Louis Vuitton’s brand of high watchmaking is a unique balance of horological wizardry and fashion sensibility, as we discover in Queenstown, New Zealand

Queenstown in the south of New Zealand is some 18,000km—and a full day’s flight—away from Geneva, Switzerland, where La Fabrique du Temps Louis Vuitton, the watchmaking subsidiary of the fashion giant is based. But this distance was not going to deter the fashion house from showcasing its horological prowess to the cognoscenti as it organised a regional high watchmaking presentation in the Kiwi resort town in March.

Master watchmaker Michel Navas, the creative mind behind some of the brand’s most innovative pieces, flew in from Geneva, bringing with him a host of timepieces, including new blockbuster releases such as the Tambour Spin Time Air, the Voyager Automatic Flying Tourbillon and the Voyager Minute Repeater Flying Tourbillon. But Vuitton being Vuitton, holding such a showcase in the ballroom of a five-star hotel was not going to quite cut it. Besides its outstanding product line-up, the venue where the presentation was held had to be spectacular enough to leave guests mesmerised and spellbound.

By choosing the Hill’s Lodge, the private home of the retail magnate, Michael Hill, one of New Zealand’s most prominent tycoons, the brand certainly hit it on the bull’s eye. The ultra‑contemporary house, with its industrial‑inspired design elements, sits on a massive plot of land with beautifully manicured lawns, patches of flowers and wild grass, as well as various varieties of trees. And that’s not all, the mansion shares the land with The Hills, a sprawling 18-hole private golf course also owned by the Kiwi billionaire.

Securing the Hill’s Lodge for the event did not come easy. While the house was available to members of The Hills golf club for short-term rentals, Hill was particular about who stayed there. Story has it that he only approved Louis Vuitton’s proposal after he understood the event concept, agreeing that the showcase, with its slant towards savoir faire, was aligned with his personal art philosophy. For a whole week, the entire mansion was transformed into a Louis Vuitton universe with each area decked out with the maison’s iconic trunks, fashion items, and pieces from its Objets Nomades collection such as the Cocoon swing seat by Brazilian designers Fernando and Humberto Campana and the Diamond Screen modular room divider by Dutch designer Marcel Wanders. If this set-up did not leave a deep impression on guests, made up of top Louis Vuitton customers and press members from the region, almost nothing else would.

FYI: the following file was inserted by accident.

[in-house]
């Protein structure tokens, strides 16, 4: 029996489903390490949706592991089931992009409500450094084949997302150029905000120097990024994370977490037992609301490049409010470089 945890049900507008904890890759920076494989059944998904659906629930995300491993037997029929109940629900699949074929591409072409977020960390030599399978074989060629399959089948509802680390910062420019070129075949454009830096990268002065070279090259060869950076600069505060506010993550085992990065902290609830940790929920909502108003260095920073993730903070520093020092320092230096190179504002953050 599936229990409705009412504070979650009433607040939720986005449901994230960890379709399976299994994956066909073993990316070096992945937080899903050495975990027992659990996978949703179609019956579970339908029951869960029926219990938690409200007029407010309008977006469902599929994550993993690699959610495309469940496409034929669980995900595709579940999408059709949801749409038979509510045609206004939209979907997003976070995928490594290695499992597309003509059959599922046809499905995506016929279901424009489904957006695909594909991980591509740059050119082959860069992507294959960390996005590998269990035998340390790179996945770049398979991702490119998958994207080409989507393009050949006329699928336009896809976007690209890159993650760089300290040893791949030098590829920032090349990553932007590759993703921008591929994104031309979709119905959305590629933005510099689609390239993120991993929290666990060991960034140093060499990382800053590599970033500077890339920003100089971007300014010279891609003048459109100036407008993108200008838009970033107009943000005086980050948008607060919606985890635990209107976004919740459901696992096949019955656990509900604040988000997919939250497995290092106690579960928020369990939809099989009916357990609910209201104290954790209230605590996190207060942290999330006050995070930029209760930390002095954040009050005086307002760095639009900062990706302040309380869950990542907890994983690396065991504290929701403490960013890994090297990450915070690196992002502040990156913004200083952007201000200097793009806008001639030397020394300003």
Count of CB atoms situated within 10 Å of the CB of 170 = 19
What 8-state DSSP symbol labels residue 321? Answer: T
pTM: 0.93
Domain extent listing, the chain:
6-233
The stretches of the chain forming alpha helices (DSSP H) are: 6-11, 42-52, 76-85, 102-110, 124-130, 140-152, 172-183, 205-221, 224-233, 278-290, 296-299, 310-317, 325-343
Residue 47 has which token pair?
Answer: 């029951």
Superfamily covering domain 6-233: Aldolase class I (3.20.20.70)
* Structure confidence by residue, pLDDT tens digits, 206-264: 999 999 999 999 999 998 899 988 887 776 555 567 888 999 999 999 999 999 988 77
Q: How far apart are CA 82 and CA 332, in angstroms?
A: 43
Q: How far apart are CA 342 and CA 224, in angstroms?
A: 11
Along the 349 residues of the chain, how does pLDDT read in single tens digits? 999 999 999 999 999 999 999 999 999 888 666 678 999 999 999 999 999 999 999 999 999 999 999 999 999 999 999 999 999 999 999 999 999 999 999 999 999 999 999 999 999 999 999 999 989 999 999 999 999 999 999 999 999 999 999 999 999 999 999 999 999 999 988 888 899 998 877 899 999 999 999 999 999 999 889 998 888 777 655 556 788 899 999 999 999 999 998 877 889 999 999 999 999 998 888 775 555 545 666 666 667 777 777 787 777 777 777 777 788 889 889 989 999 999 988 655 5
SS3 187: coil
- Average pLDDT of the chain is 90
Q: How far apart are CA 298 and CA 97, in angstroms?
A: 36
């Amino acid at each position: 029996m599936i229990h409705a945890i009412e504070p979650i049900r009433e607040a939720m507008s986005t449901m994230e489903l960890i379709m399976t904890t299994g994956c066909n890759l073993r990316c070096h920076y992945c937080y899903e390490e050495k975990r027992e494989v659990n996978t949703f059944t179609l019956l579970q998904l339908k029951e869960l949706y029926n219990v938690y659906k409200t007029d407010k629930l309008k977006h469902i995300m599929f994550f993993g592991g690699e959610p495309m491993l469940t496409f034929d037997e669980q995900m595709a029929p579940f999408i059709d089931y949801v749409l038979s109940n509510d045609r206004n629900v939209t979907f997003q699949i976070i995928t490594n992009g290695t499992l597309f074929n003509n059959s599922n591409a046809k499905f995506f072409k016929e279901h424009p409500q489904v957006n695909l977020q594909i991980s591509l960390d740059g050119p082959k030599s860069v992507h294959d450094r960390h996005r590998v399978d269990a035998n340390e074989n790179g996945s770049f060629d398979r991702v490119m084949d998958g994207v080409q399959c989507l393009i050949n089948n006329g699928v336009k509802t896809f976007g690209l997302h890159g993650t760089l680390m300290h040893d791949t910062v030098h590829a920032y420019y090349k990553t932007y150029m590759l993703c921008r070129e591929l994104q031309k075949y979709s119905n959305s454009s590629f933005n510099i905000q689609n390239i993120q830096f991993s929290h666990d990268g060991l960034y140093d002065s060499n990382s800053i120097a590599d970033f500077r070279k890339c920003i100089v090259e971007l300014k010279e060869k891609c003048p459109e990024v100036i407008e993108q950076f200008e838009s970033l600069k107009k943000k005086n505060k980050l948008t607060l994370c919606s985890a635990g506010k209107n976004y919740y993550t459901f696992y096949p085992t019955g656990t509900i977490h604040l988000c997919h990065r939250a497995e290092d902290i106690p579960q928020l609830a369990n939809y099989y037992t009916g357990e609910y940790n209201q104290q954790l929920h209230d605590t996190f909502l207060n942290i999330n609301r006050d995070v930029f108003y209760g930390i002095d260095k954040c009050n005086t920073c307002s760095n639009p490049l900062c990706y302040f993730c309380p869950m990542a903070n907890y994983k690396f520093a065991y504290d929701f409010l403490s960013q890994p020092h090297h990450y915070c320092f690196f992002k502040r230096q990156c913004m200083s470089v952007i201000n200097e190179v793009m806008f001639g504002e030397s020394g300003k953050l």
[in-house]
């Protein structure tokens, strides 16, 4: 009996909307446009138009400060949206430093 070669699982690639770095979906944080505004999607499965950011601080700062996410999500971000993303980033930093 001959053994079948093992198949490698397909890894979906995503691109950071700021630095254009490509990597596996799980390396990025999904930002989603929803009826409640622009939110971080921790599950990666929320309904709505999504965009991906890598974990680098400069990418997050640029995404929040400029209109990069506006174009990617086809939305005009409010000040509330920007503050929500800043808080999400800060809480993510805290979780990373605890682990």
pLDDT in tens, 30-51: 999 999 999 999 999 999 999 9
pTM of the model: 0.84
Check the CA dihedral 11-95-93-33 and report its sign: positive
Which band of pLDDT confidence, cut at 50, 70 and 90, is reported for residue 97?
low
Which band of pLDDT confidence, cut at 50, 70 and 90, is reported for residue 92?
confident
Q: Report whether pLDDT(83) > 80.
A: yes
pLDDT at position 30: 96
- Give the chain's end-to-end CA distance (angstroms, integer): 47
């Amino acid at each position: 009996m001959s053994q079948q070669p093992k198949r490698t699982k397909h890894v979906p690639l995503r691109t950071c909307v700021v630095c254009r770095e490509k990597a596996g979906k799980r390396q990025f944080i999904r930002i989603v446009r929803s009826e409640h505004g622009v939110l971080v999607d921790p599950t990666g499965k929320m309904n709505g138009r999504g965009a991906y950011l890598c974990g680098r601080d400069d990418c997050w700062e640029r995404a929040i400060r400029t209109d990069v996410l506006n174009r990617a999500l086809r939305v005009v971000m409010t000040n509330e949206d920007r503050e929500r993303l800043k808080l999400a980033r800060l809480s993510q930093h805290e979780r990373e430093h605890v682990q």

Such a showcase is nothing new for the luxury giant. Since it stopped presenting its novelties in Basel, Switzerland in 2016, at its own events that ran alongside the Baselworld watch fair, Louis Vuitton has been holding intimate regional events to impress its top‑tier clientele with its watchmaking prowess. This is clearly a strategy that is working for the brand for we have seen an increase in the frequency of such showcases, and the game plan replicated for its other product lines too—and with a similarly high success rate.

Time to watch

While the Louis Vuitton universe of trunks, furniture and objects captured a lot of attention, the stars of the show at the Hill’s Lodge were still the watches. To celebrate the 10th anniversary of the Tambour Spin Time, the brand breathed new life into the icon with the Tambour Spin Time Air, which was first launched at its European high watchmaking event in the French ski resort town of Courchevel earlier this year. The Spin Time Air features the new self-winding calibre LV88, which is built in the centre of the case between two sapphire crystals, and the cubes that display the time appear to float in mid-air.
At the event, Navas also presented two new members of the Voyager collection, which boasts an unusual case shape that is a cross between a circle and a square. The Voyager Automatic Flying Tourbillon, which is equipped with the self-winding calibre LV81, comes with a 40-hour power reserve and is driven by a flying tourbillon at 6 o’clock. The watch comes with either an onyx or white mother-of-pearl dial with baguette-cut diamond hour markers, and its white gold case is set with brilliant-cut diamonds.

The piece de resistance among the novelties is the Voyager Minute Repeater Flying Tourbillon, which is quite possibly the most complicated movement La Fabrique du Temps Louis Vuitton has created yet. There are two white gold versions of the watch: the classic one comes with alternating polished and satin-brushed surfaces, while the more flamboyant variant has its case set with eight carats of baguette-cut diamonds. Its manual‑winding calibre LV100, which measures a mere 9.7mm in thickness despite housing two complications—a flying tourbillon and a minute repeater—is developed and assembled entirely in-house at its Geneva manufacture. 
Another notable feature of the calibre LV100 is its striking mechanism, in which a cathedral gong is used. Cathedral gongs are typically longer than classic ones. In the calibre LV100, the minute gong makes one-and-a-half rounds around the movement, while the hour gong coils one-and-three-quarter times. With this, the watchmakers must ensure that the gongs have sufficient space to vibrate without them touching one another or any other component of the movement and case.

For many watch brands, launching a high complication once every few years is already a tough ask. To do what Louis Vuitton did in Queenstown, New Zealand—launching not one but three top-of-the-range horological mechanisms—is unheard of. While it is still a young brand in the watch world, with slightly more than a decade under its belt, the French giant is definitely not holding back; it is in fact flexing its muscles to make an impact on the horology world with its whimsical timepieces packed with top‑drawer quality.